The first wave of excitement was that it was a South African pigeon, the next wave was that Mix, bred by Gaddin Brothers and Charl Stander had won the 22nd South African Million Dollar Pigeon Race! Gigi Gaddin has been a supporter of the SAMDPR almost since its inception and has in previous years won the SA Challenge and achieved a few top 100 positions. Gigi once said that his life dream was, after winning most other competitions was to win the South African Million Dollar Pigeon Race. This was his year. Sadly Gigi was very ill and could not attend the event but send his loft team to represent him and the scenes of their joy touched everyone present.
Sadly a few weeks after his win Gigi passed away. It’s a small consolation that he did in the end achieve his goal as we will miss his generosity and enthusiasm for the sport.
What made Mix’s achievement even more spectacular was that the next pigeon was a full 18 minutes later.
By the end of day 87 prize winning pigeons were home along with a further 6 pigeons that had not been activated to take part in the main race.
Sunday saw the skies above Vaalpark filled with a constant stream of pigeons and by sunset a total of 1302 pigeons had returned. Over the next few days they continued to return.
Its always sad to wish our visitors to the race farewell on Sunday, but we always look forward to welcoming them back the following year.
The 23rd South African Million Dollar Pigeon Race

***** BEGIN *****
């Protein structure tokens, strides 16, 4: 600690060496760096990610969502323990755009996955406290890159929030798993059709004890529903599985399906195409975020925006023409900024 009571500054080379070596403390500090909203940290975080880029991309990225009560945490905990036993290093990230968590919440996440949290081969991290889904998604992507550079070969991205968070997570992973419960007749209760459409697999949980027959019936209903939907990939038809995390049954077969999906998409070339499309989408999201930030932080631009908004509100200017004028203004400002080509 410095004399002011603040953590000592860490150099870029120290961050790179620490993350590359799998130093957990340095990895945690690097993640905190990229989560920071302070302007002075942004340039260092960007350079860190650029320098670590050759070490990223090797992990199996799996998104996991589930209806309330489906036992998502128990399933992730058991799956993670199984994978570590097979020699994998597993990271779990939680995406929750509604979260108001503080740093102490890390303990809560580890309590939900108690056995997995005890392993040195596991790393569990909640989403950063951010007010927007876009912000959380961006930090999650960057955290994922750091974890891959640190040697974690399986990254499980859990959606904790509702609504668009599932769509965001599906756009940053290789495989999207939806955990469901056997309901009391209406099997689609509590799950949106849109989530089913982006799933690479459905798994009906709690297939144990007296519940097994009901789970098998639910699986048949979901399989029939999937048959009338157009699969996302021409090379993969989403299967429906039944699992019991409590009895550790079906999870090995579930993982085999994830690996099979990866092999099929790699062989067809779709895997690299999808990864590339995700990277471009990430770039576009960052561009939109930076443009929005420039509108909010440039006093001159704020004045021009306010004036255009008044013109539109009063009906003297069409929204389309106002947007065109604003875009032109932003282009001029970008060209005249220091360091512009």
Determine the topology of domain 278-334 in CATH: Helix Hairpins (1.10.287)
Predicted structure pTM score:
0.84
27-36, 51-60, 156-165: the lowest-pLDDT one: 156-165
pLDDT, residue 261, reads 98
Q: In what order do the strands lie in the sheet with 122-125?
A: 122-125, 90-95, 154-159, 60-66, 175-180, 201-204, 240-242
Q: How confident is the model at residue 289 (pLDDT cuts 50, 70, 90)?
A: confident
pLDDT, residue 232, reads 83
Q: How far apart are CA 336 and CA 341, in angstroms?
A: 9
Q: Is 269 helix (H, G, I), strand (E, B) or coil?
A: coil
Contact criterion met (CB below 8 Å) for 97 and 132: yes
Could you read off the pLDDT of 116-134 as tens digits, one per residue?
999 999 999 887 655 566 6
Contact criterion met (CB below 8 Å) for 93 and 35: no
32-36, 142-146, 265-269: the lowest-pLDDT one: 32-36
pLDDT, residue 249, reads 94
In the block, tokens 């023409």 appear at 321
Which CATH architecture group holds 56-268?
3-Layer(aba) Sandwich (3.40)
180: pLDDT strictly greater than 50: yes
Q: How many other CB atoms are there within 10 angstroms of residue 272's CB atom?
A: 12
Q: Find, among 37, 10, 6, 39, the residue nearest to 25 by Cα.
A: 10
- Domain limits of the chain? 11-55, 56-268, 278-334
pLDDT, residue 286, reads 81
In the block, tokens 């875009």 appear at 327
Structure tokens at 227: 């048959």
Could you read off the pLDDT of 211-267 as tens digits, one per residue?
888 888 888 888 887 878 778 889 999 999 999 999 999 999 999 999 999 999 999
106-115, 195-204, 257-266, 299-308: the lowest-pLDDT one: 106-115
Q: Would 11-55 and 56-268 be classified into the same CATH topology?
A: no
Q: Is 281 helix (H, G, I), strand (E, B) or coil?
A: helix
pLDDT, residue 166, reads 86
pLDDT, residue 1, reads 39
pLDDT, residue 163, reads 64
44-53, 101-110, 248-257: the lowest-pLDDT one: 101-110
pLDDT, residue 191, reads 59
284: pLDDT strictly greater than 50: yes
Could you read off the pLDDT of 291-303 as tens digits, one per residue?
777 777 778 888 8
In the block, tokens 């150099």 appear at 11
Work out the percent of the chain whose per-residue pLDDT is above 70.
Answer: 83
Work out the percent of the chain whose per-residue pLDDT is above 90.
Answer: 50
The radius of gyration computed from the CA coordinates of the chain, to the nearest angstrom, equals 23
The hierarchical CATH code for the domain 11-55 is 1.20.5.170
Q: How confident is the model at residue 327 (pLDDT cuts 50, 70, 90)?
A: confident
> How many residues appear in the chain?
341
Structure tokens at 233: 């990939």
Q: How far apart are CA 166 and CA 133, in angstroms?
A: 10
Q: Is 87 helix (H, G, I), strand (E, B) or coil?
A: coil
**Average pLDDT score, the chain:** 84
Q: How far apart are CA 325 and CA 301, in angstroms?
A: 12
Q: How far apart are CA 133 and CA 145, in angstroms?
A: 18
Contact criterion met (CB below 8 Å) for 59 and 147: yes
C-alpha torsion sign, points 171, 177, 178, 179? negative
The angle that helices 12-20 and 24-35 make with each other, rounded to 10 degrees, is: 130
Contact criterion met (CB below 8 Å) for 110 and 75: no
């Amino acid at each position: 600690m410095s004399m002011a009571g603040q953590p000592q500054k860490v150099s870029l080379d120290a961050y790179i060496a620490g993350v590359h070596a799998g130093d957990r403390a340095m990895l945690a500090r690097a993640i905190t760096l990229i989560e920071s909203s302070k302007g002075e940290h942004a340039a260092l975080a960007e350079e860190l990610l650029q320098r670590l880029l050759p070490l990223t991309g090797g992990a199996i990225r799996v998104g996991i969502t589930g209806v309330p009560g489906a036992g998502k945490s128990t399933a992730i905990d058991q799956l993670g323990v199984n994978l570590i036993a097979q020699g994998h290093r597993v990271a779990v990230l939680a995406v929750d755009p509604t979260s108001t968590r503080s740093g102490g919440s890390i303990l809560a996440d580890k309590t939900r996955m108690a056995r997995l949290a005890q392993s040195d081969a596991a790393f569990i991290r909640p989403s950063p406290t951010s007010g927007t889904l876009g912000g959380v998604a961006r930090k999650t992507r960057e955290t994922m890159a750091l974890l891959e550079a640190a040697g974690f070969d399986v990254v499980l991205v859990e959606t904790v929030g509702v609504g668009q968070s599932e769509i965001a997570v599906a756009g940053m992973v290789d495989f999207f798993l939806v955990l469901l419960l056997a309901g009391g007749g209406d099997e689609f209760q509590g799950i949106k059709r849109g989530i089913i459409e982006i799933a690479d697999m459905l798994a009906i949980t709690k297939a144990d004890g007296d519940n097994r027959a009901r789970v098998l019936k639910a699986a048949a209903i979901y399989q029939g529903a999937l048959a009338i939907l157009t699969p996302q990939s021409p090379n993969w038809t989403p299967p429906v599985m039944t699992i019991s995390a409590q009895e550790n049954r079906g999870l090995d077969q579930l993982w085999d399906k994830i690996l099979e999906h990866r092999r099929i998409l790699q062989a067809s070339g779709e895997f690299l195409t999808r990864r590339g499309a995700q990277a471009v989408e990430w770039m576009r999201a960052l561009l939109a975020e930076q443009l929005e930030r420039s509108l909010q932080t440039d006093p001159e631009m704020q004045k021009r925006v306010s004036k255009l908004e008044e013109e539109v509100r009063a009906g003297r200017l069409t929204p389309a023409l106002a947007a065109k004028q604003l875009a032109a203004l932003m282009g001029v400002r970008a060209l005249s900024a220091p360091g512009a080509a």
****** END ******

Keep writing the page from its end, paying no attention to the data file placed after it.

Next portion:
As always we appreciate any and all constructive criticism of our race; it’s by listening to this that we evaluate ourselves and implement practical solutions to address these criticisms.
To this end we are looking at replacing our clocking system. Although there is nothing wrong with the current timing system, technology has moved forward and a new timing system will allow us to make some exciting improvements to the way in which our results are published. This is a huge undertaking and we are planning to have everything in place by mid to end June to allow us time to test and iron out any bugs before the end of quarantine.
We are also looking at expanding the nominations races and will publish details of these on the web site.
Recently a thunderstorm in the area resulted in no electricity at the loft complex for more than 48 hours. Our backup systems currently in place are designed to keep the timing system running for approximately eight hours and this incident brought the short fall in the system to light. We are in the process of installing a solar driven UPS in the loft office that will ensure that while the sun shines the office will have electricity to run the new timing system, internet and computers.
This year also highlighted a change needs to be made in some of the functions we host over the race weekend and as such we are working on ways to improve the experience of the South African Million Dollar Pigeon Race.
Avian Influenza and the way governments handle restrictions on pigeons is becoming a huge problem for us and besides working directly with local government, ASI is closely working with a team of expert veterinarians to try and remove the obstacles placed in front of us.
As always we would like to thank all that are involved in the South African Million Dollar Pigeon Race. From technical staff, loft staff, administration, entrants and fanciers across the globe. To all of you a huge thank you and we look forward to the next edition of the SAMDPR!